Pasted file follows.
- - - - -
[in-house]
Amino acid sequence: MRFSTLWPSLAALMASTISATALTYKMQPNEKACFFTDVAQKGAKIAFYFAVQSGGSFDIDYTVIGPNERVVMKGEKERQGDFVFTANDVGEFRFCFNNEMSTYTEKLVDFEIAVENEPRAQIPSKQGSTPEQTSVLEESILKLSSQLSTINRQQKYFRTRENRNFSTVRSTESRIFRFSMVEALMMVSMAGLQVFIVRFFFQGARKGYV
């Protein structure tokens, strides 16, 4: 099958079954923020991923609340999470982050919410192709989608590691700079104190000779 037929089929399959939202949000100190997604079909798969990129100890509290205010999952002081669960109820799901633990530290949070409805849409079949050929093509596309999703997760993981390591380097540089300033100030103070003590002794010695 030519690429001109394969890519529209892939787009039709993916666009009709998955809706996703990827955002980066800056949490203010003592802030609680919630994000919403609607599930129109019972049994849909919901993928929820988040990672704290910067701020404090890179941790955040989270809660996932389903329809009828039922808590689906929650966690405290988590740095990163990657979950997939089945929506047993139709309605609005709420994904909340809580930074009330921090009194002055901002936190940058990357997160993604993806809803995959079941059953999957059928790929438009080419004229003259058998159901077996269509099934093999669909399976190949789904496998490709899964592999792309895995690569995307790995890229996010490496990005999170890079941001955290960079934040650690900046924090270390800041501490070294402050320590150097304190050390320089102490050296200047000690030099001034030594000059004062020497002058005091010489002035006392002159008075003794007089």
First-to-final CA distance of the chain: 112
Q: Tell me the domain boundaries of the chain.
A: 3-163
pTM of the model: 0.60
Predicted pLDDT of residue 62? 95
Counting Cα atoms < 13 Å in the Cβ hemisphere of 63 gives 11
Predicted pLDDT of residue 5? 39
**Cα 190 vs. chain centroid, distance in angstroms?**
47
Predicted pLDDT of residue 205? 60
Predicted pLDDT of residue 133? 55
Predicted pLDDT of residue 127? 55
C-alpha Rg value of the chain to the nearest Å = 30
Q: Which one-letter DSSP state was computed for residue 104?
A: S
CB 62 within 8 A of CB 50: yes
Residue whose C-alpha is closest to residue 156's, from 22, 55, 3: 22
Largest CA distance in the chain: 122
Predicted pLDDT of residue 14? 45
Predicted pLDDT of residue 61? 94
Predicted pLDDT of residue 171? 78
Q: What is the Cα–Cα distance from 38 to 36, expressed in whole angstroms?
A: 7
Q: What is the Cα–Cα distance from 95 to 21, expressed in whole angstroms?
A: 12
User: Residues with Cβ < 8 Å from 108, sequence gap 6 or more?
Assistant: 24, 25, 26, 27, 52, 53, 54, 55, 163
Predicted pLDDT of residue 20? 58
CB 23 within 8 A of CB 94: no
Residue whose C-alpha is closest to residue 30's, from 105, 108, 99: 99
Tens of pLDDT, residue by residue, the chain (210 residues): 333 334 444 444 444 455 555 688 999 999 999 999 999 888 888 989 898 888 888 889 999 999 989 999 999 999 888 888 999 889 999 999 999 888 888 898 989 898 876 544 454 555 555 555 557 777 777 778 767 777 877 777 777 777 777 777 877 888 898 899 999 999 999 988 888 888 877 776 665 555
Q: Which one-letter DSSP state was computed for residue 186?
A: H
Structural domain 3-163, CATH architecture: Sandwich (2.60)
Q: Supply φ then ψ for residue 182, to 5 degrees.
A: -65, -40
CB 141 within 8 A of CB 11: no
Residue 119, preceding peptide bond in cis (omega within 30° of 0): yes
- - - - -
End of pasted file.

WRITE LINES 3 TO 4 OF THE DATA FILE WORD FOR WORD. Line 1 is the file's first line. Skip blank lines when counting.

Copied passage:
């Protein structure tokens, strides 16, 4: 099958079954923020991923609340999470982050919410192709989608590691700079104190000779 037929089929399959939202949000100190997604079909798969990129100890509290205010999952002081669960109820799901633990530290949070409805849409079949050929093509596309999703997760993981390591380097540089300033100030103070003590002794010695 030519690429001109394969890519529209892939787009039709993916666009009709998955809706996703990827955002980066800056949490203010003592802030609680919630994000919403609607599930129109019972049994849909919901993928929820988040990672704290910067701020404090890179941790955040989270809660996932389903329809009828039922808590689906929650966690405290988590740095990163990657979950997939089945929506047993139709309605609005709420994904909340809580930074009330921090009194002055901002936190940058990357997160993604993806809803995959079941059953999957059928790929438009080419004229003259058998159901077996269509099934093999669909399976190949789904496998490709899964592999792309895995690569995307790995890229996010490496990005999170890079941001955290960079934040650690900046924090270390800041501490070294402050320590150097304190050390320089102490050296200047000690030099001034030594000059004062020497002058005091010489002035006392002159008075003794007089």
First-to-final CA distance of the chain: 112